Nepal | June 04, 2020

Government’s stimulus packages inadequate, laments private sector

Himalayan News Service
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Kathmandu, May 1

While the government and the central bank have introduced relief packages twice with an aim to support businesses hit by COVID-19, the private sector has said that the announced measures are inadequate and do not fully address the concerns of the business community.

Though the recent decision of the Nepal Rastra Bank to bring down the interest rate on loans by two percentage points and the government’s decision to raise refinancing fund to Rs 100 billion and defer tax payment period are welcome measures, private sector representatives say that there is still a huge void that the government needs to fill to boost the morale of the business community.

“The government seems to be trying to help businesses, but it has failed to address the basic problems that industries are facing. We had notified the government that the firms could pay only 50 per cent salary of Baisakh to workers, but it has indirectly asked us to pay 100 per cent salary for the month, which is not acceptable,” said Shekhar Golchha, senior vice-president of the Federation of Nepalese Chambers of Commerce and Industry.

Assuring businesses that they would be provided subsidised loan facilities in case they face liquidity problem, the government had directed firms to immediately issue 50 per cent salary of workers for Baisakh and gradually pay the remaining amount after their businesses resume. However, Golchha said no business was in a position to pay more than 50 per cent to workers as all firms had been shut for almost one-and-a half months.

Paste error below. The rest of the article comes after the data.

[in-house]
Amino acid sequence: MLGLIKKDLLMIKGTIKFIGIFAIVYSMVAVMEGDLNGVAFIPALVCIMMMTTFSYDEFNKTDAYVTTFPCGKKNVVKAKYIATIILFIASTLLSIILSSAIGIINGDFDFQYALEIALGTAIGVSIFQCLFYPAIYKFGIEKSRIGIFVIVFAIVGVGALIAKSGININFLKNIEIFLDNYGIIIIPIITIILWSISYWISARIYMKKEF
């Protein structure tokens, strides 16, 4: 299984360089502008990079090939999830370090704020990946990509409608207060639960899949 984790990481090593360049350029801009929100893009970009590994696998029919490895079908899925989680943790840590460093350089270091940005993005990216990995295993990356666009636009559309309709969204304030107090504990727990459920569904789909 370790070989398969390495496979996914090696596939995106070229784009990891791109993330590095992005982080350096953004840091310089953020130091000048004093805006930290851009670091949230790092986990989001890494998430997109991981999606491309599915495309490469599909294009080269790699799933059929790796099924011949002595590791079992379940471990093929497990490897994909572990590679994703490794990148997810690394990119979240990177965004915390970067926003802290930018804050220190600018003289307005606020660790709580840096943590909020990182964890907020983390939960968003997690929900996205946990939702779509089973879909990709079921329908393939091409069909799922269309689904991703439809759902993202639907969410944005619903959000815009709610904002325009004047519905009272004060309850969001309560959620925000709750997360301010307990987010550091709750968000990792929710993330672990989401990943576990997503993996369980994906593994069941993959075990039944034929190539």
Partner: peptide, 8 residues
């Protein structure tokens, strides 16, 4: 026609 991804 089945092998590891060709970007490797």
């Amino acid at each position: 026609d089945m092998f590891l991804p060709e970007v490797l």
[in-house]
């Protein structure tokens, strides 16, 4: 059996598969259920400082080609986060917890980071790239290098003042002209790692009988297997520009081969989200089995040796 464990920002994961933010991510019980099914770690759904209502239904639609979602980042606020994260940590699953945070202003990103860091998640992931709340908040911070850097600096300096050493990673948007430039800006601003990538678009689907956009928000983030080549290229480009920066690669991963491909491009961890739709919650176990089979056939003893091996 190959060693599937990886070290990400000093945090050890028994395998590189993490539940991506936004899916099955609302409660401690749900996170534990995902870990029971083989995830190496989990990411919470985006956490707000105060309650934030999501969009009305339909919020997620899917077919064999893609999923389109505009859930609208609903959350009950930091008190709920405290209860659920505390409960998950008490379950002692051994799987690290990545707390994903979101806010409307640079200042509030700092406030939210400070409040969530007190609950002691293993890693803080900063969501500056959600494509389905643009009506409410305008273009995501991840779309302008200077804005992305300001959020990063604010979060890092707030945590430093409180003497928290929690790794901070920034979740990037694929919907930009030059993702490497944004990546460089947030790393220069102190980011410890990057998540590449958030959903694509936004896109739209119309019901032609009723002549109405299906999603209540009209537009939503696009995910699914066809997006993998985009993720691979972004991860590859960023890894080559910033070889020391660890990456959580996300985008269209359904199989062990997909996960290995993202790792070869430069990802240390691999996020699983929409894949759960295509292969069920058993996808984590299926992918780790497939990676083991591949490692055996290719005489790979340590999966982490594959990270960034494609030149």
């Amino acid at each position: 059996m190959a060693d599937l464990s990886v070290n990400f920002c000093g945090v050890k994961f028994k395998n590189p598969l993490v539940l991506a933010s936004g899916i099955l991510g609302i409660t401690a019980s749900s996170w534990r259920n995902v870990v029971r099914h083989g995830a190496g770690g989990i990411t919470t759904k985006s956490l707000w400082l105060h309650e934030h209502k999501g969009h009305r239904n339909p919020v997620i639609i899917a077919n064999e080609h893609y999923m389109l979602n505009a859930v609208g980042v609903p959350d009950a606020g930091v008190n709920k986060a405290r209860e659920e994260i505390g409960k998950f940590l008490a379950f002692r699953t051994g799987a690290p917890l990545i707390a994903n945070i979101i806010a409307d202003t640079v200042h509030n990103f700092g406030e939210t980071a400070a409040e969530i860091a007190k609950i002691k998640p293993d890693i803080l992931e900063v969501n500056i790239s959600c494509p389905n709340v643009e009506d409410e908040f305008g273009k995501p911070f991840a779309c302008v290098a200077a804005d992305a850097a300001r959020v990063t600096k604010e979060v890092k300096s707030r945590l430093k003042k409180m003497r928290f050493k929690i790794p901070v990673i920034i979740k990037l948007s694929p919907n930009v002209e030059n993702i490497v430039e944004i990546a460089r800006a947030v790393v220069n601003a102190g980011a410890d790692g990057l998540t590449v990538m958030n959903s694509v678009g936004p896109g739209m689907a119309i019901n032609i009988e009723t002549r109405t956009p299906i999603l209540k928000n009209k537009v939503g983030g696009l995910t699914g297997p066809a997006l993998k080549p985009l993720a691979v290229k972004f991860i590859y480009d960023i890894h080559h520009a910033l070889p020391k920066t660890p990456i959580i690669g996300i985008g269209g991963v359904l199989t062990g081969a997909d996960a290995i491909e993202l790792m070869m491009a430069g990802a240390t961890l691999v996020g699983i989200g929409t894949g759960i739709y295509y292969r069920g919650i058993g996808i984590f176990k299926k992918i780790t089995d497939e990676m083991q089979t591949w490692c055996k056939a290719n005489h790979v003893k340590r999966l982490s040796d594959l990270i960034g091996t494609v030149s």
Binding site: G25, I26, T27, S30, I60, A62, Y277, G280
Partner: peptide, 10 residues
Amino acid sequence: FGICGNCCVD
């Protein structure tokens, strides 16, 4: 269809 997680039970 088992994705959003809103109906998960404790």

He added that the government’s stimulus package had not addressed the concerns of small and medium enterprises, especially at local levels. “Businesses, especially the small scale businesses, require more subsidies on the interest rate than what has been provided. As the government has raised the size of the refinancing fund, it should ensure that SMEs have access to this refinancing facility as only big businesses have had access to such loans so far,” Golchha told THT.

The FNCCI has called a meeting on Saturday to discuss and develop a common opinion on the government’s response towards the private sector’s concerns.

Satis Kumar More, president of the Confederation of Nepalese Industries, said decisions to defer tax payment period and raise the size of the refinancing fund are welcome and are immediate measures required. However, he said businesses had not only suffered during the lockdown, but were likely to suffer for months even after the lockdown was lifted and thus the government package was inadequate.

“While addressing the plight of workers, the government has forgotten the plight of industries that have remained shut for more than a month and whose operation is uncertain in near future,” said More, adding the government had also suggested businesses ways to sustain their staff and operation.

Hoteliers also seem to be dissatisfied with the government. “The tourism industry, especially the hotel sector, has been hit harder than others, but the government’s relief package does not talk much about the problems of the hotel sector,” said Shreejana Rana, president of Hotel Association Nepal.

A version of this article appears in e-paper on May 2, 2020, of The Himalayan Times.

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